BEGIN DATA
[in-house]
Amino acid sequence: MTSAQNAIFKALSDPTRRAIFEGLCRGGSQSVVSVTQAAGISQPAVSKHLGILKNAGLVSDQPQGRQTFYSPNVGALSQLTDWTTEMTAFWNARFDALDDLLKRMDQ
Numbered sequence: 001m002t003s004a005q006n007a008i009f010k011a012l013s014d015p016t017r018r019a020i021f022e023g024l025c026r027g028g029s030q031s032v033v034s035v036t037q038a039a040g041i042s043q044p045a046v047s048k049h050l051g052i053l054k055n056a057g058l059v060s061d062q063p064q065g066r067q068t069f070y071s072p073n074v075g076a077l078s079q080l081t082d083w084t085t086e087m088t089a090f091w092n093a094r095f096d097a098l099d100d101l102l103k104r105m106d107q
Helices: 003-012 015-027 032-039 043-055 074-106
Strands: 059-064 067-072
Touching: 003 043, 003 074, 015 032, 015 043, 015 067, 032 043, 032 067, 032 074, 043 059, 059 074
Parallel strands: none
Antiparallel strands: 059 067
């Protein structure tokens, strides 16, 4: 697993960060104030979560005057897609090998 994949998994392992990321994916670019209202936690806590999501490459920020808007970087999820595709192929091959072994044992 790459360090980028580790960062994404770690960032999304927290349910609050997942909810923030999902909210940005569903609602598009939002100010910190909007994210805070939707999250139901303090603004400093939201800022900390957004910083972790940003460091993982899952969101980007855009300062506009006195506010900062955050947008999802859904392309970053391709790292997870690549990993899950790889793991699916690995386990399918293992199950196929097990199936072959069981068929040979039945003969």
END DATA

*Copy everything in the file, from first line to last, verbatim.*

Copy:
[in-house]
Amino acid sequence: MTSAQNAIFKALSDPTRRAIFEGLCRGGSQSVVSVTQAAGISQPAVSKHLGILKNAGLVSDQPQGRQTFYSPNVGALSQLTDWTTEMTAFWNARFDALDDLLKRMDQ
Numbered sequence: 001m002t003s004a005q006n007a008i009f010k011a012l013s014d015p016t017r018r019a020i021f022e023g024l025c026r027g028g029s030q031s032v033v034s035v036t037q038a039a040g041i042s043q044p045a046v047s048k049h050l051g052i053l054k055n056a057g058l059v060s061d062q063p064q065g066r067q068t069f070y071s072p073n074v075g076a077l078s079q080l081t082d083w084t085t086e087m088t089a090f091w092n093a094r095f096d097a098l099d100d101l102l103k104r105m106d107q
Helices: 003-012 015-027 032-039 043-055 074-106
Strands: 059-064 067-072
Touching: 003 043, 003 074, 015 032, 015 043, 015 067, 032 043, 032 067, 032 074, 043 059, 059 074
Parallel strands: none
Antiparallel strands: 059 067
């Protein structure tokens, strides 16, 4: 697993960060104030979560005057897609090998 994949998994392992990321994916670019209202936690806590999501490459920020808007970087999820595709192929091959072994044992 790459360090980028580790960062994404770690960032999304927290349910609050997942909810923030999902909210940005569903609602598009939002100010910190909007994210805070939707999250139901303090603004400093939201800022900390957004910083972790940003460091993982899952969101980007855009300062506009006195506010900062955050947008999802859904392309970053391709790292997870690549990993899950790889793991699916690995386990399918293992199950196929097990199936072959069981068929040979039945003969």